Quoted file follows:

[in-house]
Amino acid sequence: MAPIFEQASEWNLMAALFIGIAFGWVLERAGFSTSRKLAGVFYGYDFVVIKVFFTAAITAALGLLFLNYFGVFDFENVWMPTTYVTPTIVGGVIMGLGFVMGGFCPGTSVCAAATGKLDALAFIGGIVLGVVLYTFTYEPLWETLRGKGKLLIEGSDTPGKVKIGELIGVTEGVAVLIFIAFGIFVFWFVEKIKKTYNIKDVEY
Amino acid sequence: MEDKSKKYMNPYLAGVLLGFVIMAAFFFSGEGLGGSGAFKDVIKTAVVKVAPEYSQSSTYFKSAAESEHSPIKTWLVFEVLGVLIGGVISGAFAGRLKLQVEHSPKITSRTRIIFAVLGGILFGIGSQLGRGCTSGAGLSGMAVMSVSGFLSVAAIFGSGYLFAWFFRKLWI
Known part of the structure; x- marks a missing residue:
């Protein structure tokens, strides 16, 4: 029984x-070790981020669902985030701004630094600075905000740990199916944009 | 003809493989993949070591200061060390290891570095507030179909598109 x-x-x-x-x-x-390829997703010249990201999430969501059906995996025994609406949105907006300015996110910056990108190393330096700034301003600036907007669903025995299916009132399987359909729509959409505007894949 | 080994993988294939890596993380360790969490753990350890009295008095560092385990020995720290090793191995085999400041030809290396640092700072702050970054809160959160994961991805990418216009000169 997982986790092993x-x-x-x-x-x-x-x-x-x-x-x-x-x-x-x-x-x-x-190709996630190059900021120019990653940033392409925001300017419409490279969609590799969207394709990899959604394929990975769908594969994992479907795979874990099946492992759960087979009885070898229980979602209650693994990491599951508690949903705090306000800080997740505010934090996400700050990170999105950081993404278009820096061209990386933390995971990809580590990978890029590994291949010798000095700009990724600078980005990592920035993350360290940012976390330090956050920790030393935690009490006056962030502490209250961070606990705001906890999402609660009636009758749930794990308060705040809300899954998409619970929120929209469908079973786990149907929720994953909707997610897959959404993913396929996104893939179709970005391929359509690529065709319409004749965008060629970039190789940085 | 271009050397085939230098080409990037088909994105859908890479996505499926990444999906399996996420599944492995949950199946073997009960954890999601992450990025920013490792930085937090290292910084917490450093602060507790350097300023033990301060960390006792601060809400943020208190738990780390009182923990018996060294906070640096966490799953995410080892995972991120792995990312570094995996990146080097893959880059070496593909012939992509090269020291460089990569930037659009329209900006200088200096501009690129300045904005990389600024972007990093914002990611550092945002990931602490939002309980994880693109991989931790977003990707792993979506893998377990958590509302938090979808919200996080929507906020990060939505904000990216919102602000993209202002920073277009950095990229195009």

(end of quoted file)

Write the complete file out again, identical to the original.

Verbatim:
[in-house]
Amino acid sequence: MAPIFEQASEWNLMAALFIGIAFGWVLERAGFSTSRKLAGVFYGYDFVVIKVFFTAAITAALGLLFLNYFGVFDFENVWMPTTYVTPTIVGGVIMGLGFVMGGFCPGTSVCAAATGKLDALAFIGGIVLGVVLYTFTYEPLWETLRGKGKLLIEGSDTPGKVKIGELIGVTEGVAVLIFIAFGIFVFWFVEKIKKTYNIKDVEY
Amino acid sequence: MEDKSKKYMNPYLAGVLLGFVIMAAFFFSGEGLGGSGAFKDVIKTAVVKVAPEYSQSSTYFKSAAESEHSPIKTWLVFEVLGVLIGGVISGAFAGRLKLQVEHSPKITSRTRIIFAVLGGILFGIGSQLGRGCTSGAGLSGMAVMSVSGFLSVAAIFGSGYLFAWFFRKLWI
Known part of the structure; x- marks a missing residue:
């Protein structure tokens, strides 16, 4: 029984x-070790981020669902985030701004630094600075905000740990199916944009 | 003809493989993949070591200061060390290891570095507030179909598109 x-x-x-x-x-x-390829997703010249990201999430969501059906995996025994609406949105907006300015996110910056990108190393330096700034301003600036907007669903025995299916009132399987359909729509959409505007894949 | 080994993988294939890596993380360790969490753990350890009295008095560092385990020995720290090793191995085999400041030809290396640092700072702050970054809160959160994961991805990418216009000169 997982986790092993x-x-x-x-x-x-x-x-x-x-x-x-x-x-x-x-x-x-x-190709996630190059900021120019990653940033392409925001300017419409490279969609590799969207394709990899959604394929990975769908594969994992479907795979874990099946492992759960087979009885070898229980979602209650693994990491599951508690949903705090306000800080997740505010934090996400700050990170999105950081993404278009820096061209990386933390995971990809580590990978890029590994291949010798000095700009990724600078980005990592920035993350360290940012976390330090956050920790030393935690009490006056962030502490209250961070606990705001906890999402609660009636009758749930794990308060705040809300899954998409619970929120929209469908079973786990149907929720994953909707997610897959959404993913396929996104893939179709970005391929359509690529065709319409004749965008060629970039190789940085 | 271009050397085939230098080409990037088909994105859908890479996505499926990444999906399996996420599944492995949950199946073997009960954890999601992450990025920013490792930085937090290292910084917490450093602060507790350097300023033990301060960390006792601060809400943020208190738990780390009182923990018996060294906070640096966490799953995410080892995972991120792995990312570094995996990146080097893959880059070496593909012939992509090269020291460089990569930037659009329209900006200088200096501009690129300045904005990389600024972007990093914002990611550092945002990931602490939002309980994880693109991989931790977003990707792993979506893998377990958590509302938090979808919200996080929507906020990060939505904000990216919102602000993209202002920073277009950095990229195009």